During the trip, I met Nancy Ingram and we became friends. Good, close, heart-connected friends. During one of our many long talks, I told her about wanting to let go of “scarcity” so I could experience more gratitude. I told her about my fears of “not doing enough” and “not selling enough books to make the publishers happy” and “not being enough.” When we started talking about success and money, Nancy said, “You have to read The Soul of Money by Lynne Twist!”
In April, my book club decided to read The Soul of Money and I offered to host the discussion dinner at my house.
Normally, if I’m going to host an evening like book club, it’s a big, hard thing. I start walking through my house noticing all of the things that I need to fix before I can have people over. I make lists of everything I need to buy and clean and redo. And, I don’t mean small things. I make lists like:
1. Paint house
2. Replace furniture in living room
3. Tear down wall between kitchen and living room
4. Landscape front yard
I also start planning elaborate menus. Menus that cost too much to make and take way too much time.
This time, I decided to stay very mindful about my scarcity issues. In her book, Lynne says this about scarcity:
“For me, and for many of us, our first waking thought of the day is “I didn’t get enough sleep.” The next one is “I don’t have enough time.” Whether true or not, that thought of not enough occurs to us automatically before we even think to question or examine it. We spend most of the hours and the days of our lives hearing, explaining, complaining, or worrying about what we don’t have enough of. We don’t have enough exercise. We don’t have enough work. We don’t have enough profits. We don’t have enough power. We don’t have enough wilderness. We don’t have enough weekends. Of course, we don’t have enough money – ever.
We’re not thin enough, we’re not smart enough, we’re not pretty enough or fit enough or educated or successful enough, or rich enough – ever.
Before we even sit up in bed, before our feet touch the floor, we’re already inadequate, already behind, already losing, already lacking something. And by the time we go to bed at night, our minds race with a litany of what we didn’t get, or didn’t get done, that day. We go to sleep burdened by those thoughts and wake up to the reverie of lack.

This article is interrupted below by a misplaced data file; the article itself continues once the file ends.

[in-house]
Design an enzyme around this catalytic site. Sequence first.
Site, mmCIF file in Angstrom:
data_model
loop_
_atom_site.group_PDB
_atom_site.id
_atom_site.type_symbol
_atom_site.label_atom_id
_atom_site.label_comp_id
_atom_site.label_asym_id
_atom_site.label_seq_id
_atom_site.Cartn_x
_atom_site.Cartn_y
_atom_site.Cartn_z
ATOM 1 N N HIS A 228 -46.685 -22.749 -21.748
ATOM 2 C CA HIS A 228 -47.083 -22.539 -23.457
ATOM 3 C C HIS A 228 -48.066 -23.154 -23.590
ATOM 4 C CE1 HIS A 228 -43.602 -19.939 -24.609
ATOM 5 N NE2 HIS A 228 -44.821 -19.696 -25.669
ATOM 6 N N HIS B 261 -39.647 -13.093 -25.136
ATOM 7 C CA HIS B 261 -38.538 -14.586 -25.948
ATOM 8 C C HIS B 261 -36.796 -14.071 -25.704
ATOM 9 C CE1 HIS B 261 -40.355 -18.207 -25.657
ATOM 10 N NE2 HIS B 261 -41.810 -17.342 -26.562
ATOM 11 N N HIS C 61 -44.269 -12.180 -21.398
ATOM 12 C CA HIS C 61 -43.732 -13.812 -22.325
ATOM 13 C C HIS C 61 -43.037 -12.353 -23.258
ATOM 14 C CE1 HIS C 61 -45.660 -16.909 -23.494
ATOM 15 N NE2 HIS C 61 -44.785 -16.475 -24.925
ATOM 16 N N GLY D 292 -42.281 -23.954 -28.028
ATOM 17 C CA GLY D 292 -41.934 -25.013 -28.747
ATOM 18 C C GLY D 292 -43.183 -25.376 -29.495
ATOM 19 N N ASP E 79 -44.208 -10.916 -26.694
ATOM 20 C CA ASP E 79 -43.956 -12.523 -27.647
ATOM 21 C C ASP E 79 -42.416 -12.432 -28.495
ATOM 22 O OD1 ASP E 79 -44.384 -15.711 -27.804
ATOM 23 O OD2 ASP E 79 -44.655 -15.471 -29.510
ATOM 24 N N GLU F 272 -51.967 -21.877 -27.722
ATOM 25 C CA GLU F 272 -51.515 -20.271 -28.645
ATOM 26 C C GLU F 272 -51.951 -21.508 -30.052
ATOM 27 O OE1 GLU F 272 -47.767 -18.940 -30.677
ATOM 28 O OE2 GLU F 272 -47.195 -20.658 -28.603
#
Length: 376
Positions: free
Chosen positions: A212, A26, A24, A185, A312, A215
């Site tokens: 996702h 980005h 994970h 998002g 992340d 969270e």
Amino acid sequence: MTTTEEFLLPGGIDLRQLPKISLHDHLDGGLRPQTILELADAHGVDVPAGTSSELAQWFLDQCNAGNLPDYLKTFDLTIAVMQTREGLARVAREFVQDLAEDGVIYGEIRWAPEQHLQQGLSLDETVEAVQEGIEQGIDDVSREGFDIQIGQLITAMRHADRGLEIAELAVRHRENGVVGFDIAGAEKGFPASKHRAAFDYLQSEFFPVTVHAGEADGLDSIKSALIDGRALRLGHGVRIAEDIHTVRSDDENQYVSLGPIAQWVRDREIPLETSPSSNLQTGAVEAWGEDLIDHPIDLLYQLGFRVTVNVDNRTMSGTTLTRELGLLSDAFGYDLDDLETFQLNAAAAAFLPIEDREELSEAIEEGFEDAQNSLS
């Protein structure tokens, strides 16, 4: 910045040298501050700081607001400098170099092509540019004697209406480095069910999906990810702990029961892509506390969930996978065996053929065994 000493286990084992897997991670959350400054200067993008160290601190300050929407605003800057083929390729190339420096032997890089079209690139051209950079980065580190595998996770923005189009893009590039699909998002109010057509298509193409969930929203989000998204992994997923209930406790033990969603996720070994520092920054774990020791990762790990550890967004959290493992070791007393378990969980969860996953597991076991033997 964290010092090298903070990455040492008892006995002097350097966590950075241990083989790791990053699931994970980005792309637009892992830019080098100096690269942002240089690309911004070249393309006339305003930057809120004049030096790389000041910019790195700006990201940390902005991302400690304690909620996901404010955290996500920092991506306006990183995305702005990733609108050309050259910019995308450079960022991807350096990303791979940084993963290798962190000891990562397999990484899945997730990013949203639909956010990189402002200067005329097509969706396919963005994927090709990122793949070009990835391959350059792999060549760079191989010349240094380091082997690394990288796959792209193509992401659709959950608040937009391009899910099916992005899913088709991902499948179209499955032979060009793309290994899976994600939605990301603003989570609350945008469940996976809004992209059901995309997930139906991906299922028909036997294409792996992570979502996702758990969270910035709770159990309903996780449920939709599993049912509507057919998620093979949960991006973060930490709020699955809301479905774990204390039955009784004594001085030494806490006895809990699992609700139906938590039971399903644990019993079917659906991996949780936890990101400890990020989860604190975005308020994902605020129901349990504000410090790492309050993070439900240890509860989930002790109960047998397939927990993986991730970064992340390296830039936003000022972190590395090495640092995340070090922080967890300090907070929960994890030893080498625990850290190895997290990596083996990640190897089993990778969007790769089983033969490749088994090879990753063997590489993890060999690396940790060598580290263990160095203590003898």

What begins as a simple expression of the hurried life, or even the challenged life, grows into the great justification for an unfulfilled life.”
A few weeks before our book club dinner, I walked through my house and focused on all of the "not enough" things that I hate and worry about other people seeing and judging. I called my scarcity demons out into the open so I could see them and befriend them. I made myself focus on them, stare at them and take pictures. As I walked through my house, I quickly realized that focusing on these imperfections was a choice that stripped my life and my home of the context of sufficiency.
“We each have the choice in any setting to step back and let go of the mindset of scarcity. Once we let go of scarcity, we discover the surprising truth of sufficiency. By sufficiency, I don’t mean a quantity of anything. Sufficiency isn’t two steps up from poverty or one step short of abundance. It isn’t a measure of barely enough or more than enough. Sufficiency isn’t an amount at all. It is an experience, a context we generate, a declaration, a knowing that there is enough, and that we are enough.
Sufficiency resides inside of each of us, and we can call it forward. It is a consciousness, an attention, an intentional choosing of the way we think about our circumstances. In our relationships with money, it is using money in a way that expresses our integrity; using it in a way that expresses value rather than determines value. Sufficiency is not a message about simplicity or about cutting back and lowering expectations. Sufficiency doesn’t mean we shouldn’t strive or aspire . . . sufficiency is a context we bring forth from within that reminds us that if we look around us and within ourselves, we will find what we need. There is always enough.”
I spent some time thinking about my lovely home. I thought about my kids and Steve. I thought about all of the great times in my house. I thought about all of the really hard, sad times and how my house held me and comforted me. Then, I called on sufficiency. With camera in hand, I walked through my house and took pictures of everything I love. The little things that make me smile. Same house, same problems, same imperfections, but this time I was giggling and reminiscing and grateful. My home felt full. It is enough. I am enough.